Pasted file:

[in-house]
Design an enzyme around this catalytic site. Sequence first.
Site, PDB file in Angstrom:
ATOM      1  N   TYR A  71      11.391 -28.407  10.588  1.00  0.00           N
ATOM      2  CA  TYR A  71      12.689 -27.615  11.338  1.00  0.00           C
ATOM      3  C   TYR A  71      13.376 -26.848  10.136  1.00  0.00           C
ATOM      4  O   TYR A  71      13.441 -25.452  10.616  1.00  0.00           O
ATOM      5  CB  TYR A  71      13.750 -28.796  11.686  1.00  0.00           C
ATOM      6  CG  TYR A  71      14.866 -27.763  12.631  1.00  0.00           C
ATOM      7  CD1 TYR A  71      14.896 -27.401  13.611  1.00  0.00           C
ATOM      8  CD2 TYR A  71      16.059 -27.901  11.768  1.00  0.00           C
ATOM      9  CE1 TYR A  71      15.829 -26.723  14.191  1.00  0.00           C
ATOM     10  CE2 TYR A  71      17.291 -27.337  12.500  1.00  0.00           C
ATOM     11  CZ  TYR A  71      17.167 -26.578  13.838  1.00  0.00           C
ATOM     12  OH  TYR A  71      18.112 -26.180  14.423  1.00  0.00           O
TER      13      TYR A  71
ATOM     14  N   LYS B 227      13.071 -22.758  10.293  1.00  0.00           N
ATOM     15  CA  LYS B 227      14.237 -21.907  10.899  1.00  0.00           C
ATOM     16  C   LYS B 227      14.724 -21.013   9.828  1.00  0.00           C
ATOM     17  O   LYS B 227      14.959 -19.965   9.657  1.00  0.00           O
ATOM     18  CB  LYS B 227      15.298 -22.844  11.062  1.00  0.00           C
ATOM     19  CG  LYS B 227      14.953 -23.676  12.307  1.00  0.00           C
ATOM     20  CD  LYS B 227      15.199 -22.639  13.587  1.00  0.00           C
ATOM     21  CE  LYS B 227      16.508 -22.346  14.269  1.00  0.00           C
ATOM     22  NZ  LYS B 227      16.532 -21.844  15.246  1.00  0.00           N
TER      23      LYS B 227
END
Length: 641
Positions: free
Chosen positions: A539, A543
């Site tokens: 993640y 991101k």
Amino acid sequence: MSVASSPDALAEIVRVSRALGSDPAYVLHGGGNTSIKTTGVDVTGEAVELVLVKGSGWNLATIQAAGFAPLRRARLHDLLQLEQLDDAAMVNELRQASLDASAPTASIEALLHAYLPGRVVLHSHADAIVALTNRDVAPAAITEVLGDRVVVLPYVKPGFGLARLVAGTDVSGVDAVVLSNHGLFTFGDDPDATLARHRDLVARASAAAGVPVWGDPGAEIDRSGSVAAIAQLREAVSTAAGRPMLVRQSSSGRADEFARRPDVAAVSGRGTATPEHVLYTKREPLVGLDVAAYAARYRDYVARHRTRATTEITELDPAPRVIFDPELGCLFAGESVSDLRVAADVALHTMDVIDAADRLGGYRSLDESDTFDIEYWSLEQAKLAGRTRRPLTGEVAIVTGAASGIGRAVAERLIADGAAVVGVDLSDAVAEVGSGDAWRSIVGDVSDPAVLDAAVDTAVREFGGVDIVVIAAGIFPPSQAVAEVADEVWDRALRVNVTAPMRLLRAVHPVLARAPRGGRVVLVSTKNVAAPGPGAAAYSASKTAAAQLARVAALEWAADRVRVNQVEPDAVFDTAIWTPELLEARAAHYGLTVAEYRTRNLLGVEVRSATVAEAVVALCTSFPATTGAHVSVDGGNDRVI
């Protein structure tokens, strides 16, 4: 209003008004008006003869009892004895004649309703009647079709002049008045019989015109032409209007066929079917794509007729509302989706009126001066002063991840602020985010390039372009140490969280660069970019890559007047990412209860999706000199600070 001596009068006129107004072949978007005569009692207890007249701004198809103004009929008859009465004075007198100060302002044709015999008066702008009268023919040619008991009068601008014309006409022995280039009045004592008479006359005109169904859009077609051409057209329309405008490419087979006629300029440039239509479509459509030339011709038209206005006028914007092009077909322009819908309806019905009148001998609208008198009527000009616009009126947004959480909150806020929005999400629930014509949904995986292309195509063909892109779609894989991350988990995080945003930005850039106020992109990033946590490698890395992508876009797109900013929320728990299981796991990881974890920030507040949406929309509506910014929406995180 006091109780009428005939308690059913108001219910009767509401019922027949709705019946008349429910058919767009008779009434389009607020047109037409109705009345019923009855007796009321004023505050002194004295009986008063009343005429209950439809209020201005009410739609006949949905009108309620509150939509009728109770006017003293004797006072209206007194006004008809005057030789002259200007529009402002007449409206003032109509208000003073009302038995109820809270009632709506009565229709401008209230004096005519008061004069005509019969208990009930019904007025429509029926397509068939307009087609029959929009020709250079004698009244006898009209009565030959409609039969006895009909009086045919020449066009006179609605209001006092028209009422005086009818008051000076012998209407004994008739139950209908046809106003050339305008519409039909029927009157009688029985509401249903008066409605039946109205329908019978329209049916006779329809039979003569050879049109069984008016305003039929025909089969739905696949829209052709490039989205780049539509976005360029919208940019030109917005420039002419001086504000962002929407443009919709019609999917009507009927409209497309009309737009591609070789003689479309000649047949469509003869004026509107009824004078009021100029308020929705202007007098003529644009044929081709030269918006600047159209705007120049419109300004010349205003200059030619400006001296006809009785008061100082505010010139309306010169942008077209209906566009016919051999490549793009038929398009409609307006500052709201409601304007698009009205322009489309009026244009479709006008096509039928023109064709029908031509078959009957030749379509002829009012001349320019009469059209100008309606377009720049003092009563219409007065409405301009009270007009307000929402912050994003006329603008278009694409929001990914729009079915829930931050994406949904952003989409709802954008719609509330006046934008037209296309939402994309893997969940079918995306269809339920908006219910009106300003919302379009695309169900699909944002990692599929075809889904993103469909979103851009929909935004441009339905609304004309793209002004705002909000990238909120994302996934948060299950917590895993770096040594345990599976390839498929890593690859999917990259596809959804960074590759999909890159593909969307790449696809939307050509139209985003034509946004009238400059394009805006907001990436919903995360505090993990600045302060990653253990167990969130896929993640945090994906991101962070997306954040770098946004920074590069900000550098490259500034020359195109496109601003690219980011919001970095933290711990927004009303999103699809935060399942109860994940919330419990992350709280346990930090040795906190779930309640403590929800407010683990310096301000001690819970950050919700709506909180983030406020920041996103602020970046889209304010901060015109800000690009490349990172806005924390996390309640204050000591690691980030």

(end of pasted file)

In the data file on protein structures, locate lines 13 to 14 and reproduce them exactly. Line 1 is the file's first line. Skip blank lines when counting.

ATOM     10  CE2 TYR A  71      17.291 -27.337  12.500  1.00  0.00           C
ATOM     11  CZ  TYR A  71      17.167 -26.578  13.838  1.00  0.00           C